[codepen_embed height=”520″ theme_id=”21620″ slug_hash=”PZbdxp” default_tab=”result” user=”devstreak”]See the Pen <a href=’http://codepen.io/devstreak/pen/PZbdxp/’>Login/Sinup modals – short version</a> by Devstreak (<a href=’http://codepen.io/devstreak’>@devstreak</a>) on <a href=’http://codepen.io’>CodePen</a>.[/codepen_embed]

 

Here switch accepts _class which is the class of the clicked button. We define the list of cases with the class (second ones) names of the buttons as their name. Suppose the button with class .login is clicked, _class stores the string “login” and the code under the case “login” is run which adds class ‘.opened’ to the login modal and opens it. Notice that for close button we use parentElement from our previous  example which closes the modal it is present in. But make sure all the close buttons are direct children of the modal according to the code we have above. however, if it’s somewhere deep, you can always chain parentElement like this-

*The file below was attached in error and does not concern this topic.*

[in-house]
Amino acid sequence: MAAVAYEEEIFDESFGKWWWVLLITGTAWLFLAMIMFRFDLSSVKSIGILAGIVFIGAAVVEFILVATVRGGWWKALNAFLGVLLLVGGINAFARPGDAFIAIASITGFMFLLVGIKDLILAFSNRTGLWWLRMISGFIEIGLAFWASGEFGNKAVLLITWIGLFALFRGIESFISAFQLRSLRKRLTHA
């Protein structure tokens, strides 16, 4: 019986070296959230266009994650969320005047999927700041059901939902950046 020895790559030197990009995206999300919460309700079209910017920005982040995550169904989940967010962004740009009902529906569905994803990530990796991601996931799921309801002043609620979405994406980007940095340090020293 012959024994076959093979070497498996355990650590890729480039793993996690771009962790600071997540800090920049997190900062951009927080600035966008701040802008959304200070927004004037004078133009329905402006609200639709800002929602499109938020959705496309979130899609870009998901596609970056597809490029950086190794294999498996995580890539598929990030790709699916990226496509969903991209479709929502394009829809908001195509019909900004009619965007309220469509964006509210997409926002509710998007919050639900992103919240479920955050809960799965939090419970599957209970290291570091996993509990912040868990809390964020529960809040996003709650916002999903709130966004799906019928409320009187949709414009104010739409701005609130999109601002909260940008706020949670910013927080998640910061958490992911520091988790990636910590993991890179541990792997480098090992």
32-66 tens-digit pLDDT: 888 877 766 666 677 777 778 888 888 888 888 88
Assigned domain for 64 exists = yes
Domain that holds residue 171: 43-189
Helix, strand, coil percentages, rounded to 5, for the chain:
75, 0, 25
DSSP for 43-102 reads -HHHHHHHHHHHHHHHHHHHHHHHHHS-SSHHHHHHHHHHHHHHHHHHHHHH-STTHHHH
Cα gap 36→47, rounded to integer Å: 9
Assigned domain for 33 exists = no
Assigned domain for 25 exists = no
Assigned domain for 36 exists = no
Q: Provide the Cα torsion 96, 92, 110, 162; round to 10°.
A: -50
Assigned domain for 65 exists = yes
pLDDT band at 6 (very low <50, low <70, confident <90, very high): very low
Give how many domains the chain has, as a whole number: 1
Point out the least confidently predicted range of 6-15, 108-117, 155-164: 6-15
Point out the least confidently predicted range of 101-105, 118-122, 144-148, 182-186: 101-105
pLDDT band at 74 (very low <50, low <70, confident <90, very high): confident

this.parentElement.parentElement.classList.remove("opened");

 

We use e.preventDefault() to prevent the default behaviour of the browser. In this case, to prevent the form action exclusively. All that is fine but you would be wondering where the heck ‘modalLogin’ and ‘modalSignup’ which seem to be like variables came from when we have not declared any such variables to select our modals. Did you notice that these are same as the IDs our modals have-

<div id="modalLogin" class="modal">
<!-- rest of code -->
</div>

<div id="modalSignup" class="modal">
<!-- rest of code -->
</div>

 

Yes, those words are referencing to their IDs only. Actually, when you assign an ID to an element, it automatically becomes a global variable of Window object i.e. we don’t need to select them, we can access them just by their ID names anywhere in your javascript. For more illustration, let’s have a short example.

<p id="para">I'm a paragraph proudly owned by an ID</p>

 

Now you can style the element. Let’s render this paragraph in a colored text.

 

para.style.color= "tomato";

//do anything with para like you would do with the element
//you would have select using querySelector, getElementById etc.

 

Using single event handler for multiple events

Suppose, we have got some text fields and our only work with them is to get user-entered values from them and use those values in something. In such a case, it would not be wise enough of us to create multiple event handlers for each text field, a problem we have discussed earlier in this post. It does our work but doesn’t let us remain DRY which is extremely important for our code to be progressive. So, let’s get to our last example.